VAIL JAZZ @ VAIL SQUARE

Transforming Thursdays into the most anticipated day of the week, these 6:00 p.m. performances fill Lionshead with a vibrant buzz traveling well beyond its epicenter at the weatherproof jazz tent. The stage is alive this summer with an enclosed tent for great acoustics and the nine performances booked from the first week of July through the first week of September rattling with star power and followed by the all-new after parties at the Vail Chophouse featuring Kathy Morrow and Brent Gordon. Also new this year, Vail Jazz will offer a four-pack premium subscription for $125. On sale now, the subscription will only be available through July 7. Individual tickets are also on sale now – $20 for general admission and $40 for premium seating.

July 7 Monty Alexander, John Clayton and Jeff Hamilton Celebrating 40 Years

Launching in explosive fashion, the Vail Square season opens with this trio of pianist, bassist and drummer, which has collectively etched a truly distinguished mark in the jazz world. Individually, each star has worked with everyone from Frank Sinatra and Ella Fitzgerald to Tony Bennett and Count Basie. Together, they have made history time and time again throughout their 40-year career.

July 14 John Pizzarelli

Also back by popular demand, the famed guitarist with his quartet returns to the Vail Square stage sprinkling a unique touch on Great American Songbook classics. Pizzarelli isn’t afraid to throw in lively renditions of rock tunes by the likes of the Beatles, Joni Mitchell, Neil Young and others.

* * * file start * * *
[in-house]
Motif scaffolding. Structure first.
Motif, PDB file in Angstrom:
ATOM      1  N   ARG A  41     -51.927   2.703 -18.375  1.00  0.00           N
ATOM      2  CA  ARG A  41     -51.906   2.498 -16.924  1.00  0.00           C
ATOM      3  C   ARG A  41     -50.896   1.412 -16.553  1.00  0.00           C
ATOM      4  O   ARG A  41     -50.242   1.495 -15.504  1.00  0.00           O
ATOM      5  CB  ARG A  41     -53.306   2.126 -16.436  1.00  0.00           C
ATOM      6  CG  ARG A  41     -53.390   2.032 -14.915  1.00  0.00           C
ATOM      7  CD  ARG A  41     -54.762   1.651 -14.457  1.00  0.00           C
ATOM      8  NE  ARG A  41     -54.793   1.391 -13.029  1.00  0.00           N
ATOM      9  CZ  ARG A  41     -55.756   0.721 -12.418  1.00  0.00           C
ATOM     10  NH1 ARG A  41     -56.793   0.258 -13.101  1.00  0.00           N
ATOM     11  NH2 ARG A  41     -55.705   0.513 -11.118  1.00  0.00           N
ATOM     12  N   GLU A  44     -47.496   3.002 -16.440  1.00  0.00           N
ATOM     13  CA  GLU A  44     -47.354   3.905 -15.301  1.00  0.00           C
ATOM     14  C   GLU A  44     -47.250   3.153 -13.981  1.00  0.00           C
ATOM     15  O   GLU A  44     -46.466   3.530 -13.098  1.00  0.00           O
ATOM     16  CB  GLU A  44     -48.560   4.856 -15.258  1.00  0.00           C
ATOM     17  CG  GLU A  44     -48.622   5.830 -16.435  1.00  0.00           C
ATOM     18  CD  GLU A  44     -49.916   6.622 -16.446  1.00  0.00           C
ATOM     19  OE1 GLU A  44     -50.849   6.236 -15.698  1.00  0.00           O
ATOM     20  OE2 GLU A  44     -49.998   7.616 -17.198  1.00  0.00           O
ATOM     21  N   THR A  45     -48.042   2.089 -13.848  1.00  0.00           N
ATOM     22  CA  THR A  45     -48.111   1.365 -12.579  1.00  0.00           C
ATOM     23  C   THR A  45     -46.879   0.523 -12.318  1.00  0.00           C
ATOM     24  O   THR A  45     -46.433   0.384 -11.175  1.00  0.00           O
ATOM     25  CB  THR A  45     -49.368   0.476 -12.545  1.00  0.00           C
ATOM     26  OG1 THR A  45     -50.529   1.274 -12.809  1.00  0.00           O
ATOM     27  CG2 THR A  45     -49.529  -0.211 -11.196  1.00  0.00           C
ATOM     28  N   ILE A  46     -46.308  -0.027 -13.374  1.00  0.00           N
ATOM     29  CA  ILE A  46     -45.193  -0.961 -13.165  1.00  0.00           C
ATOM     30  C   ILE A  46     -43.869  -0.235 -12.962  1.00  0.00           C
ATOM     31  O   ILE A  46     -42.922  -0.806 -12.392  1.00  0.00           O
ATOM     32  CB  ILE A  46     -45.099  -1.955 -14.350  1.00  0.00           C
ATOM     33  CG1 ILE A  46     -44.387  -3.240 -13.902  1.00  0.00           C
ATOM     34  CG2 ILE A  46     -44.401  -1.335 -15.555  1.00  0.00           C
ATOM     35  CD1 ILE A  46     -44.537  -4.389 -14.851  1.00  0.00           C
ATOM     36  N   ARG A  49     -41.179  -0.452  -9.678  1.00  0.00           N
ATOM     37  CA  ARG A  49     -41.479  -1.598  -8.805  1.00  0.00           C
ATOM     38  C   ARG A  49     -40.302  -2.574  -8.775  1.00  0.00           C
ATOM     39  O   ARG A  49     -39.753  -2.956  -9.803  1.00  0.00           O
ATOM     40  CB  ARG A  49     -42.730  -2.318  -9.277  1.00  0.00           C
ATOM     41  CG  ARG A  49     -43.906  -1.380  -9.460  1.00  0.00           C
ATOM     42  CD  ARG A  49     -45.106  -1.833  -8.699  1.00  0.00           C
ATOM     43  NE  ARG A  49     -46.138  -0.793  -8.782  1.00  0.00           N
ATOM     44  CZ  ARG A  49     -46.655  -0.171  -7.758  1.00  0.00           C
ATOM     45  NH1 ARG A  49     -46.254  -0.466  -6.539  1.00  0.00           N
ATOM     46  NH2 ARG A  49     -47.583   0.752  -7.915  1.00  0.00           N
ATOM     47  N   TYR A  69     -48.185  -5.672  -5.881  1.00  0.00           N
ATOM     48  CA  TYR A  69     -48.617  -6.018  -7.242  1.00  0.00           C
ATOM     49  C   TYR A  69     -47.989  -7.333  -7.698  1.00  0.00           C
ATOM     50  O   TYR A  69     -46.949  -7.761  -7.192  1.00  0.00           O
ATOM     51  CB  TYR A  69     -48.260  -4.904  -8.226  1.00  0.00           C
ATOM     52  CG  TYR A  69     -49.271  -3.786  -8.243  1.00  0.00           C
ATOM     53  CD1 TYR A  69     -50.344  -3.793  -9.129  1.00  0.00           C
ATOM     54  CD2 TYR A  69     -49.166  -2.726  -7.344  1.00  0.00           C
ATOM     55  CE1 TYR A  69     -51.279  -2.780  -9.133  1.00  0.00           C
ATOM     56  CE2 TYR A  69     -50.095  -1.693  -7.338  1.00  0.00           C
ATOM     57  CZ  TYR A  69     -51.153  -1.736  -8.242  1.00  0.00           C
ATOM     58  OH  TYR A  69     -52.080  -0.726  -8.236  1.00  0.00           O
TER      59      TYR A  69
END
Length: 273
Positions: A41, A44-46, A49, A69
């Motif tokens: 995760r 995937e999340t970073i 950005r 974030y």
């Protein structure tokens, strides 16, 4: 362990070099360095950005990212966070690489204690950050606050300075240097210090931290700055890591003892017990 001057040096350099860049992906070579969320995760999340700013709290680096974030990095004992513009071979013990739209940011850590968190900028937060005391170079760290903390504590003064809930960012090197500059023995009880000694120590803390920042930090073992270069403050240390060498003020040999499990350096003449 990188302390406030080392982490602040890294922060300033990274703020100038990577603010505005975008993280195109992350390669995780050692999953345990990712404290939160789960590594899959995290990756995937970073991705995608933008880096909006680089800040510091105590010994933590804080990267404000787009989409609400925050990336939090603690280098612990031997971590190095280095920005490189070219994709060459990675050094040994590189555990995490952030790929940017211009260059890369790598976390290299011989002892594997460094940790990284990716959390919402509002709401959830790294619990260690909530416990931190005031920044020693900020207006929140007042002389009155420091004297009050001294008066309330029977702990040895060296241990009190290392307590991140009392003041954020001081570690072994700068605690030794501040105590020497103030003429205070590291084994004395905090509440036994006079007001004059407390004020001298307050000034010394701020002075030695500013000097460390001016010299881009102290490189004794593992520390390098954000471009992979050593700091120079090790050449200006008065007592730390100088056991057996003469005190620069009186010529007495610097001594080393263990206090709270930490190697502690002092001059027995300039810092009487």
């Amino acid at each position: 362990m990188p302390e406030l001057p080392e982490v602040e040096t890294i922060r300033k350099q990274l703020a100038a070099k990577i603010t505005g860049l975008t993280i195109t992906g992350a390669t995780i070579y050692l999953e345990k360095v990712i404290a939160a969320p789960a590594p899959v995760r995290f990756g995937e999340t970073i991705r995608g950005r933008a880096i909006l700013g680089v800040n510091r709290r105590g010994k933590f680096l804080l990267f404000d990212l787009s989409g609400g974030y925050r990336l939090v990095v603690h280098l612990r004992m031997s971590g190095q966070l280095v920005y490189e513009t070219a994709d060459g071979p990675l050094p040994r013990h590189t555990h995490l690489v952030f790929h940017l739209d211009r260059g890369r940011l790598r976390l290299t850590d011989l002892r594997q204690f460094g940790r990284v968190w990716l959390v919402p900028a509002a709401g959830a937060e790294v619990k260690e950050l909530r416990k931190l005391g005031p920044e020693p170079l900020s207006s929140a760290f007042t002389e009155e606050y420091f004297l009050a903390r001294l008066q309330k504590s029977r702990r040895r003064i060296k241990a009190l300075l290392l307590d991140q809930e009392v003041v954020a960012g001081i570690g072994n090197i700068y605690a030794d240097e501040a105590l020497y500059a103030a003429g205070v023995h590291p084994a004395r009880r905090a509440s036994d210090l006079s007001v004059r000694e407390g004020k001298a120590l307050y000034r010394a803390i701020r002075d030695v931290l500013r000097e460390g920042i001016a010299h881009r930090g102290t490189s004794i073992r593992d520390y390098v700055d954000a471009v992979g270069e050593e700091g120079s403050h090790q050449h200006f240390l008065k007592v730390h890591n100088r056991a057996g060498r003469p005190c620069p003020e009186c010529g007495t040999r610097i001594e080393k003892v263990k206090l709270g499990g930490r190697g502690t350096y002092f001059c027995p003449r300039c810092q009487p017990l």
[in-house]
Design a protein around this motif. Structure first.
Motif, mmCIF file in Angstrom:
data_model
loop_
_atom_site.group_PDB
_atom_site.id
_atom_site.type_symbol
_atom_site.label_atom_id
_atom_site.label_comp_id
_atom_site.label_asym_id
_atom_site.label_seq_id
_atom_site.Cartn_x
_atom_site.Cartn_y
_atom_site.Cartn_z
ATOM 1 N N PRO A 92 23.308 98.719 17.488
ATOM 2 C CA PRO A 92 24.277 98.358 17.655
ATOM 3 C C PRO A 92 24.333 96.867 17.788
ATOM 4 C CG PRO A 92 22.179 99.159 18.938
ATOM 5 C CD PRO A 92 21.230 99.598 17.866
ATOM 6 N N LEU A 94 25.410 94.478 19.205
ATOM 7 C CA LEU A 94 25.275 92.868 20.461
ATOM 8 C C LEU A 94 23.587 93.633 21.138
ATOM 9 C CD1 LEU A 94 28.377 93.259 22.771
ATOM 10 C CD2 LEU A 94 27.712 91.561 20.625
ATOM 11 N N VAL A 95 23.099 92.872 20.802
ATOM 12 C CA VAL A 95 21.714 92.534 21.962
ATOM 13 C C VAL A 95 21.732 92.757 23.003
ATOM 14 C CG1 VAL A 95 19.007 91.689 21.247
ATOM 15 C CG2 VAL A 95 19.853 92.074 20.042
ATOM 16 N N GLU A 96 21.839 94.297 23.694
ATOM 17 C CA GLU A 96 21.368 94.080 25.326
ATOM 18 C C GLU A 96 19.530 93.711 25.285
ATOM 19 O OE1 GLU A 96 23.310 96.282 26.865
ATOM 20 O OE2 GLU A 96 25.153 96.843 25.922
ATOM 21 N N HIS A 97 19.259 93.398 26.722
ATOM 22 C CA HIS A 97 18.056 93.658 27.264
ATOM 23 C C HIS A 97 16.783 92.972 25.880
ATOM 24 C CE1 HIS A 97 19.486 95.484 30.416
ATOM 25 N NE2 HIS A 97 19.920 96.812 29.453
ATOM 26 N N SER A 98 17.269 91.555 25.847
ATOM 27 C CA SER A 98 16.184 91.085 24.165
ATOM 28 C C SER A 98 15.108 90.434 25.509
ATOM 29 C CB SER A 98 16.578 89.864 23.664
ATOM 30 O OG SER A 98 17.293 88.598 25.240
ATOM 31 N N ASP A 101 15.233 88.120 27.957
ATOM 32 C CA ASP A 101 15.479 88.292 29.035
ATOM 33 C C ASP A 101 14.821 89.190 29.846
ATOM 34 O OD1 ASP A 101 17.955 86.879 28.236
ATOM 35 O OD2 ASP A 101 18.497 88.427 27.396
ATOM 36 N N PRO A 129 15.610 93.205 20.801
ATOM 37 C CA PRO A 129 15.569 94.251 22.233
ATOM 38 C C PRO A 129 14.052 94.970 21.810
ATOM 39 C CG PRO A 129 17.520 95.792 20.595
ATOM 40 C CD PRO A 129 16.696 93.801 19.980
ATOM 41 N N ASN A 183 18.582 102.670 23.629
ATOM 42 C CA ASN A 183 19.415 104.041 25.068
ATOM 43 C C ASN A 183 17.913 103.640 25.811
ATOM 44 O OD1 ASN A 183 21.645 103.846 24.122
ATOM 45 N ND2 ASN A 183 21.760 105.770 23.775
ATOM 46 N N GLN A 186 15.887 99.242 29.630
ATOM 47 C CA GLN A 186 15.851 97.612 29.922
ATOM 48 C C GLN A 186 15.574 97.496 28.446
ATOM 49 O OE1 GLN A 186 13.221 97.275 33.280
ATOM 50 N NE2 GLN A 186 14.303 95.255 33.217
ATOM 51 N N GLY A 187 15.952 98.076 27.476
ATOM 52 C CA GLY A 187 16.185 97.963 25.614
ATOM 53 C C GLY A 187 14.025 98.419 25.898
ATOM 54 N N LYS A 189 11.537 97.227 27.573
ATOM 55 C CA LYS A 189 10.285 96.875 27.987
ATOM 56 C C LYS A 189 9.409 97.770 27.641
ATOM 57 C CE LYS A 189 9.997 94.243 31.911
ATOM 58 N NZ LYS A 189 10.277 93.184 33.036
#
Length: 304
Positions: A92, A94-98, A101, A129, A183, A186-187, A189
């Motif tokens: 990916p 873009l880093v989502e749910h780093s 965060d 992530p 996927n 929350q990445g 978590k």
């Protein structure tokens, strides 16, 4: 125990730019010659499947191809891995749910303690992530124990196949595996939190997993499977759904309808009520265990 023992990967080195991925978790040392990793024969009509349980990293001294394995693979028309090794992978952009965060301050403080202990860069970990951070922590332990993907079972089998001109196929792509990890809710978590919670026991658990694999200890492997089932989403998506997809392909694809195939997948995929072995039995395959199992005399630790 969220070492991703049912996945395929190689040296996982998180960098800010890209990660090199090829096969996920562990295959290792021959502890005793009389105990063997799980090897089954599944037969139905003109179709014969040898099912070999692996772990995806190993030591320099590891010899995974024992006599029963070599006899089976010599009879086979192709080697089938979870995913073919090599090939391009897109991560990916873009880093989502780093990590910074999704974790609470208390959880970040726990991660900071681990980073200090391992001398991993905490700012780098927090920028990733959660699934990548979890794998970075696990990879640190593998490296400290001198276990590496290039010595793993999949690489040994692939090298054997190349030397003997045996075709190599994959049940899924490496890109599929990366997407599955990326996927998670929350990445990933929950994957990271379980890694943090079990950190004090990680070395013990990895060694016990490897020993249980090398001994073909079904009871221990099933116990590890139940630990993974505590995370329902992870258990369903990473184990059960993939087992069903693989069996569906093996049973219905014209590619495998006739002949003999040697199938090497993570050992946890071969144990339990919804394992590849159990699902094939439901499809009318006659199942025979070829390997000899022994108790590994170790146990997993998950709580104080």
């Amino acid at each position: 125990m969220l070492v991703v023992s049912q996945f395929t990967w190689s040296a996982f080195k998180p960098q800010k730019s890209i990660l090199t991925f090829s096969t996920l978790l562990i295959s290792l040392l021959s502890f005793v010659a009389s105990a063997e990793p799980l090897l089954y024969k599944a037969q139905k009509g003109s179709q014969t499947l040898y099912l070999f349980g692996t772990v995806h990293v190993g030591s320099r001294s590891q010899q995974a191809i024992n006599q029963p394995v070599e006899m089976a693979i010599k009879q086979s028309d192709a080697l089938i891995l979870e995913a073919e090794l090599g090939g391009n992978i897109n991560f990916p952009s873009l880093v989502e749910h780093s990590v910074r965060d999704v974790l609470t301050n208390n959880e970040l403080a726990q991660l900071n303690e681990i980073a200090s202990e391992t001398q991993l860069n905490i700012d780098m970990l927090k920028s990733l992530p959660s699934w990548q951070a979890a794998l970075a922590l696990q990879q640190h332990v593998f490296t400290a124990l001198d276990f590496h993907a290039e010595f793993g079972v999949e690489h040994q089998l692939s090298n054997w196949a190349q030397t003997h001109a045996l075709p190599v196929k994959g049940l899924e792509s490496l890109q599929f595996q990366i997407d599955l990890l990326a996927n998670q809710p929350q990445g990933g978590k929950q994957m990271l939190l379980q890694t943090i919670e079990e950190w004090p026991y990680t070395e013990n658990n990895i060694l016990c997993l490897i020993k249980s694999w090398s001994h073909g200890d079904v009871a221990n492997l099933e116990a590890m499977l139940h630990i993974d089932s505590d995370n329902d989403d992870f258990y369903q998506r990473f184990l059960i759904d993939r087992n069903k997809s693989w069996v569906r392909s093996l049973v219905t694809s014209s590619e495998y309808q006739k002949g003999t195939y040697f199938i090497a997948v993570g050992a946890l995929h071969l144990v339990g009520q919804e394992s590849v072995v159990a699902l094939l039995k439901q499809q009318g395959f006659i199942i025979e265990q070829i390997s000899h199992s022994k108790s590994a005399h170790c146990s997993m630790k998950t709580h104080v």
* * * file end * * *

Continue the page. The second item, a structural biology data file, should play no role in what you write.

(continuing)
July 21 Bria Skonberg

Last summer the young Canadian trumpeter blew the doors off during her Vail Jazz Festival debut (also at Newport Jazz and at Lincoln Center, where she won the 2015 Swing! Award). Her original works feature fresh, contagious vocals and harmonies with a touch of grit and a lot of spirit.

July 28 Michel Camilo

Described by Vail Jazz organizers as “a major coup” to land in the lineup, the GRAMMY® Award-winning pianist makes his Vail debut. The Dominican composer offers a Latin flare that has hypnotized audiences across the globe.

Aug 4 Joey Alexander

You may have seen this kid – arguably one of the world’s most talented youngsters (a mere 12 years old) – on 60 Minutes or earning a raucous standing ovation following his performance at this year’s GRAMMY® Awards. Born in Indonesia, the young pianist is self-taught and released his first album last year, nominated for Best Jazz Instrumental Album.

Aug 11 Cecile McLorin Salvant

Fresh off a GRAMMY® win for her third studio album, this young, Miami-based vocalist appears in Vail for the first time. Last year she told NPR that she “never wanted to sound clean and pretty” and her husky style has earned her a pile of global acclaim, not to mention a slew of avid new fans following every performance.

Aug 18 Maraca & His Latin Jazz All-Stars

Led by GRAMMY®-nominated, Cuban-born flutist Orlando “Maraca” Valle, this energetic eight-piece ensemble features a collection of the world’s top Latin jazz specialists. Making its Vail debut, the ensemble is sure to get the crowd on its feet and moving.

Aug 25 H2 Big Band Tribute to Count Basie

Speaking of energy, the sizzling, Colorado-based big band returns to Vail to light up the stage with favorites from the late, great bandleader. H2 Big Band is famous for nailing Basie’s distinctive swing style.

Sept 1 Vail Jazz Party House Band, Alumni Quintet and All-Stars

The red hot triple bill kicks off the 22nd Annual Vail Jazz Party, beginning with the current lineup of freshly fine-tuned Vail Jazz Workshop students (Vail Jazz All-Stars) –the nation’s top 12 teenage jazz musicians. Then comes the Quintet of former All-Stars who are no pros and finally the Vail Jazz Party House Band sextet comprised of individual stars the genre – Jo John Clayton, Jeff Clayton, Lewis Nash, Terell Stafford, Bill Cunliffe, and Wycliffe Gordon.